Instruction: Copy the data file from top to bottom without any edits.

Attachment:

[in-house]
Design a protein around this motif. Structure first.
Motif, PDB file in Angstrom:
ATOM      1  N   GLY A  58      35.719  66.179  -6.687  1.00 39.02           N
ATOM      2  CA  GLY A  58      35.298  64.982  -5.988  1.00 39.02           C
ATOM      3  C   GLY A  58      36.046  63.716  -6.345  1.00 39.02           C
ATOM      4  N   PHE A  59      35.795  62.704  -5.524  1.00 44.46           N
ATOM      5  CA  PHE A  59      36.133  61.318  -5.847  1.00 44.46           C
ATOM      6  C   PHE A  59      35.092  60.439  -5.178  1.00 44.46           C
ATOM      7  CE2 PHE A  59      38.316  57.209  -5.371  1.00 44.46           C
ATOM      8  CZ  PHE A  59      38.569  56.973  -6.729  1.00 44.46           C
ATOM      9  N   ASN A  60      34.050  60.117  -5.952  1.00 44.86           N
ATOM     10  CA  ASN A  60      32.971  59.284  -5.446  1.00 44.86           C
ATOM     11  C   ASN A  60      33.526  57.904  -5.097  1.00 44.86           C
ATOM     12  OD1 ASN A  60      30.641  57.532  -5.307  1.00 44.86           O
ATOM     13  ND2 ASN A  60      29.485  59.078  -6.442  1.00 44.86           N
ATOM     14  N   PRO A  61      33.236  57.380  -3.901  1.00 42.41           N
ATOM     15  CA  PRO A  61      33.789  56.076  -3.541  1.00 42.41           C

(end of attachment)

[in-house]
Design a protein around this motif. Structure first.
Motif, PDB file in Angstrom:
ATOM      1  N   GLY A  58      35.719  66.179  -6.687  1.00 39.02           N
ATOM      2  CA  GLY A  58      35.298  64.982  -5.988  1.00 39.02           C
ATOM      3  C   GLY A  58      36.046  63.716  -6.345  1.00 39.02           C
ATOM      4  N   PHE A  59      35.795  62.704  -5.524  1.00 44.46           N
ATOM      5  CA  PHE A  59      36.133  61.318  -5.847  1.00 44.46           C
ATOM      6  C   PHE A  59      35.092  60.439  -5.178  1.00 44.46           C
ATOM      7  CE2 PHE A  59      38.316  57.209  -5.371  1.00 44.46           C
ATOM      8  CZ  PHE A  59      38.569  56.973  -6.729  1.00 44.46           C
ATOM      9  N   ASN A  60      34.050  60.117  -5.952  1.00 44.86           N
ATOM     10  CA  ASN A  60      32.971  59.284  -5.446  1.00 44.86           C
ATOM     11  C   ASN A  60      33.526  57.904  -5.097  1.00 44.86           C
ATOM     12  OD1 ASN A  60      30.641  57.532  -5.307  1.00 44.86           O
ATOM     13  ND2 ASN A  60      29.485  59.078  -6.442  1.00 44.86           N
ATOM     14  N   PRO A  61      33.236  57.380  -3.901  1.00 42.41           N
ATOM     15  CA  PRO A  61      33.789  56.076  -3.541  1.00 42.41           C